Everybody hurts.

Photographer: Sam Forencich/NBAE via Getty Images

Derrick Rose Is Missing His Shot at Greatness

James McManus is the author of "Positively Fifth Street" and "Cowboys Full: The Story of Poker." He has written about the game for the New York Times, Harper's, the New Yorker, Foreign Policy, Esquire and Grantland. He teaches writing and literature at the School of the Art Institute of Chicago.
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Last week, Derrick Rose was talking to ESPN's Nick Friedell about missing some games with a pair of sprained ankles. The playoffs were five months away, and Rose was returning from surgeries on both his knees.

"When I sit out it's not because of this year, I'm thinking about long term," he said. To be fresh for the postseason, right? To extend his career with the Bulls? Afraid not. "I'm thinking about after I'm done with basketball," he explained. "Having graduations to go to, having meetings to go to. I don't want to be in my meetings all sore or be at my son's graduation all sore just because of something I did in the past."

He was, he added, "just learning and being smart."

Everyone from Bulls fans to Twitter pundits to Stephen A. Smith suggested that the statement made Rose sound the opposite of smart. Many pointed out that playing basketball exposed him to none of the brain injuries boxers or football players risk. Some Rose fans hoped he had simply misspoken. Yet two days later, when asked if he understood why so many people got upset, he said, "No, no, but I could care less." He went on: "It is what it is, but I was being myself, and that's all I can be."

Chicagoans have heard some bewildering things from our native-son point guard, but this seemed to hit a new low. Charles Barkley sure thought so. "There are pros and cons to what we do for a living," he said. "Derrick Rose is making $20 million a year. He got a couple bad knees. That's disrespectful to maids, people who are in the army who go out and kill people and get killed. They got no arms and no legs. As much as I like Derrick Rose, that is just flat-out stupid."

Shaquille O'Neal used an even more withering S-word: "You see how Kevin McHale walks now, how Phil Jackson walks now, how Charles and I walk. But it was worth it. When you make comments like that, it makes you look soft."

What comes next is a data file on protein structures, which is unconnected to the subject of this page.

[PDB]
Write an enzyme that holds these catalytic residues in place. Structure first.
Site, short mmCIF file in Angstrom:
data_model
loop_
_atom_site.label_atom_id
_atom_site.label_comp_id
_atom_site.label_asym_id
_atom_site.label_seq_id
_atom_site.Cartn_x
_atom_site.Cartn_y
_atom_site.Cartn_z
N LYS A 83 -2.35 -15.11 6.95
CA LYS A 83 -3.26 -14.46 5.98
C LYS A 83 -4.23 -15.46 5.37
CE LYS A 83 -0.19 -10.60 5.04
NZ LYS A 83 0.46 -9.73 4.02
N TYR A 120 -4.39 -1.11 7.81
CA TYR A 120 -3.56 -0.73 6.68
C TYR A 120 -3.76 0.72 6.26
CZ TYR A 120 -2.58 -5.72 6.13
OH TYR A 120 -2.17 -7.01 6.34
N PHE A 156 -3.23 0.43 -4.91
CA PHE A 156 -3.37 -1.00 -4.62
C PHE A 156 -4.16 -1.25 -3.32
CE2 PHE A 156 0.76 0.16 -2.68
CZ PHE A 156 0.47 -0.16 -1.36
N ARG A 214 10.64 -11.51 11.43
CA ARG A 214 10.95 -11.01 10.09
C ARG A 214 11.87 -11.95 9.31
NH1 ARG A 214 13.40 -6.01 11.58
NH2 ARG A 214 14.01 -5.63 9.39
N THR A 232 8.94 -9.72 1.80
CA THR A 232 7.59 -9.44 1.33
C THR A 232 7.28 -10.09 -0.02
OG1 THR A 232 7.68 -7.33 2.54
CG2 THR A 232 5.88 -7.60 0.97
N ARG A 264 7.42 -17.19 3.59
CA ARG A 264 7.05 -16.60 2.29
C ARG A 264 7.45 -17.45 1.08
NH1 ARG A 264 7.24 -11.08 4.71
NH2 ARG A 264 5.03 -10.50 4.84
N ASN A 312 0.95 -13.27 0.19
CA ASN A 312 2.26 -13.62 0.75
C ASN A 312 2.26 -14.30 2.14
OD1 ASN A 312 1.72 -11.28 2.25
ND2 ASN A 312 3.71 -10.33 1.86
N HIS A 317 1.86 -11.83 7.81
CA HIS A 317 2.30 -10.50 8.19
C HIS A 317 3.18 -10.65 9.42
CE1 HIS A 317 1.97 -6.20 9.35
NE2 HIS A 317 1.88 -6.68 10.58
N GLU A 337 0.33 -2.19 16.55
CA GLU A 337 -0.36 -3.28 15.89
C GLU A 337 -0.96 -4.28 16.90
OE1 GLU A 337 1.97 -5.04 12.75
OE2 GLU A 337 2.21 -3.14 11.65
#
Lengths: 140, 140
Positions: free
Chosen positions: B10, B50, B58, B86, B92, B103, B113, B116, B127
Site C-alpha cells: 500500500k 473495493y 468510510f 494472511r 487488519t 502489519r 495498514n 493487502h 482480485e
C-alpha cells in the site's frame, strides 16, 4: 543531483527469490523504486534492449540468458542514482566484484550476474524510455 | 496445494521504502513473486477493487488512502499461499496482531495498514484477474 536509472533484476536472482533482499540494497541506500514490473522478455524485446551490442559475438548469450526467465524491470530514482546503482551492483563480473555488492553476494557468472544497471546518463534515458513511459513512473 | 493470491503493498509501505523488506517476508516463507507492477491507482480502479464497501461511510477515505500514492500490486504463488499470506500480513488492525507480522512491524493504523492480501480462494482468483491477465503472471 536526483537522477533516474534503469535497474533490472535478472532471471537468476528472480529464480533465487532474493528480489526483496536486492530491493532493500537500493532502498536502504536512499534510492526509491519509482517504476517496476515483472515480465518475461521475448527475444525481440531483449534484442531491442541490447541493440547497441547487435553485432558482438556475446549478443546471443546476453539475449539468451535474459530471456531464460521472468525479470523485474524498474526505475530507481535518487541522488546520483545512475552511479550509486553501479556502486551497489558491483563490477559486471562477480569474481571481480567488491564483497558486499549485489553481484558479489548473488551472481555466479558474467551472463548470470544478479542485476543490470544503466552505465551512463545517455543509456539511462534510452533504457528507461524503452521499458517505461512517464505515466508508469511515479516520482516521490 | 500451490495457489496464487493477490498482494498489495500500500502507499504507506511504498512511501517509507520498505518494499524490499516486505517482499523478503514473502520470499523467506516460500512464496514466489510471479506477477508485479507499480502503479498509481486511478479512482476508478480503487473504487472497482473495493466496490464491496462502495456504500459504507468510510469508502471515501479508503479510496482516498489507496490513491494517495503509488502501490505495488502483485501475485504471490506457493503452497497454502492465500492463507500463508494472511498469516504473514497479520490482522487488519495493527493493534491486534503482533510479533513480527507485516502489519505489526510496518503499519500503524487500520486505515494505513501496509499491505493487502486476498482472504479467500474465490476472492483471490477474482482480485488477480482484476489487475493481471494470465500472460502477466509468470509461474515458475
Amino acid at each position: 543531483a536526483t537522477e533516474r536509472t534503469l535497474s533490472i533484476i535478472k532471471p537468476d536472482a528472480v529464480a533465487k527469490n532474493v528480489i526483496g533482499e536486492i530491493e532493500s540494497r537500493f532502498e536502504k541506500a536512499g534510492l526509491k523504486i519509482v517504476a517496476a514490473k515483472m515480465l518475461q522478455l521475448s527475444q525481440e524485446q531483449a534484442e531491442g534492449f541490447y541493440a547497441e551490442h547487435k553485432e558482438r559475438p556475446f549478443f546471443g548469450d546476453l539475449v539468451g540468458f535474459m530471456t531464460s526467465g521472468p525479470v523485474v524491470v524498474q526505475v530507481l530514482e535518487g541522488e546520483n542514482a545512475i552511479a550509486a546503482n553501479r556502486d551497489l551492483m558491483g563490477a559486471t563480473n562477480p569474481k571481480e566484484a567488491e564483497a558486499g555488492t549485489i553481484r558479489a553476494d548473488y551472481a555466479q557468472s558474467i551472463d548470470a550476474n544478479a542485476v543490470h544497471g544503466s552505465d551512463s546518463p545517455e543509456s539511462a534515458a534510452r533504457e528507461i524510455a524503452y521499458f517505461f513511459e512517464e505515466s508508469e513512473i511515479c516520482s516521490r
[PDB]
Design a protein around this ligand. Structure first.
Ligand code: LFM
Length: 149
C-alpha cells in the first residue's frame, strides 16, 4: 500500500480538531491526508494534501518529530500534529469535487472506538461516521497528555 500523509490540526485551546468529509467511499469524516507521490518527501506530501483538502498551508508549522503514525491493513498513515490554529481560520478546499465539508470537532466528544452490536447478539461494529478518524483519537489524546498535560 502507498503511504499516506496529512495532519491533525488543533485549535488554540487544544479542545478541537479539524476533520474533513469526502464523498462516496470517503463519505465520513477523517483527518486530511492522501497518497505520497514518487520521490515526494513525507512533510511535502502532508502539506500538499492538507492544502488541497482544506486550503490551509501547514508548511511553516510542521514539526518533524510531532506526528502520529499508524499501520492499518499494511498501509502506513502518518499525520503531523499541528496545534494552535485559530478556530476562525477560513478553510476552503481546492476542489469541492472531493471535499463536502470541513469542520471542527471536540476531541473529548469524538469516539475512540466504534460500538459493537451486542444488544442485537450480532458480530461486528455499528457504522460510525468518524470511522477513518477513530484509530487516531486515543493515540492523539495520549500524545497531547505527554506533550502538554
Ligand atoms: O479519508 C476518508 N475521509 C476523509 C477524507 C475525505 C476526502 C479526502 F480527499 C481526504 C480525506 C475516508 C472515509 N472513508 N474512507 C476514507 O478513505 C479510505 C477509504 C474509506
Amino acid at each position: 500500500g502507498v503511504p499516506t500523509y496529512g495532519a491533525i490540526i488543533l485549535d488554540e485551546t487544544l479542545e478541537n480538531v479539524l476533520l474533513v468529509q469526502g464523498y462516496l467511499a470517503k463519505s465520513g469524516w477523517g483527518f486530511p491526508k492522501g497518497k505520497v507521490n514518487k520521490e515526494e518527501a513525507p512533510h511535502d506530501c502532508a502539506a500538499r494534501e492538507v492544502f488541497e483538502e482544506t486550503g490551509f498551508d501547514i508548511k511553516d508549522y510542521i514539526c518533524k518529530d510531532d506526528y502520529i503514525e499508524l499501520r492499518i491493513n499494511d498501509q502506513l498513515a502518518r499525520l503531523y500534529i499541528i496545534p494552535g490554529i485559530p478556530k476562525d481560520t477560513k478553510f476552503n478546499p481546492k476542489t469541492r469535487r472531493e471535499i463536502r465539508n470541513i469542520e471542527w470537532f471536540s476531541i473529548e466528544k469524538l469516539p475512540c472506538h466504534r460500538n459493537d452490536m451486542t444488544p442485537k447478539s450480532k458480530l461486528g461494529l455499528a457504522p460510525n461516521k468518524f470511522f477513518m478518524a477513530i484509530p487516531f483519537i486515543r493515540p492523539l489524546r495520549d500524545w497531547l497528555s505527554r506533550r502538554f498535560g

How did it come to this? One factor is that Rose has been mentored by his older brother Reggie, who stood in for their absent father and has often spoken for his baby brother. Reggie's own basketball career was cut short by injury, and it has made him defensive about his brother's slow comebacks. When Derrick was cleared to compete in the 2013 playoffs after missing the regular season, Reggie said the Bulls hadn't put enough good players around Derrick to win a championship and this was a "big factor" in his decision not to play. In other words, it wasn't just the soundness of his knee but also the quality of his teammates that determined whether he'd compete.

Sitting out to avoid soreness two decades from now raises ethical questions as well. How should a player behave after signing guaranteed long-term contracts with a team and a sneaker company that will pay him more than a quarter of a billion dollars? What does Rose owe the Bulls and their fans, especially season-ticket holders?

If he really wants to "learn and be smart," he might recall that Michael Jordan didn't sit out the 1986 playoffs when his broken left foot was incompletely healed, even though his financial future was far from secure and his teammates were less than championship-caliber. Earning $630,000 that season, Jordan played through the pain against a Celtics team he knew the Bulls couldn't beat. His team got swept, but Jordan's reputation was made.

Most athletes accept that a career-ending injury is possible on every play, but it doesn't keep them from competing when they're less than 100 percent. Famous examples include Willis Reed, Gale Sayers, Gordie Howe, Kirk Gibson, Isiah Thomas in the 1988 championships, Tiger Woods at the 2008 U.S. Open. After badly spraining an ankle, Kerri Strug landed a vault that clinched Olympic gold for the U.S. gymnastics team in 1996. Ronnie Lott starred in a 49ers playoff game with a crushed finger that later had to be amputated.

Duncan Keith, whose locker is across the hall from Rose's in the United Center, lost seven teeth to a slapshot in the 2010 conference finals but returned to the ice three shifts later, blocking five more shots and logging a team-high 29 minutes of playing time. With the Blackhawks down 0-2 when he left the ice, he assisted on the tying goal and led them to a 4-2 win and a trip to the Stanley Cup Finals.

These gamers were no doubt "all sore" at meetings and graduations later on. Yet there's a reason they remain embedded in the public consciousness. And there's a reason their damn-the-torpedoes approach has come to exemplify something larger than sports.

Derrick Rose was voted Rookie of the Year in 2009 and became the league's youngest MVP in 2011. He may reach that level again if he can physically overcome the effects of his knee injuries. But what goes on above his knees will also determine his legacy -- and whether anyone remembers him as a great player or just a very talented one.

This column does not necessarily reflect the opinion of Bloomberg View's editorial board or Bloomberg LP, its owners and investors.

To contact the author on this story:
James McManus at arramc@msn.com

To contact the editor on this story:
Timothy Lavin at tlavin1@bloomberg.net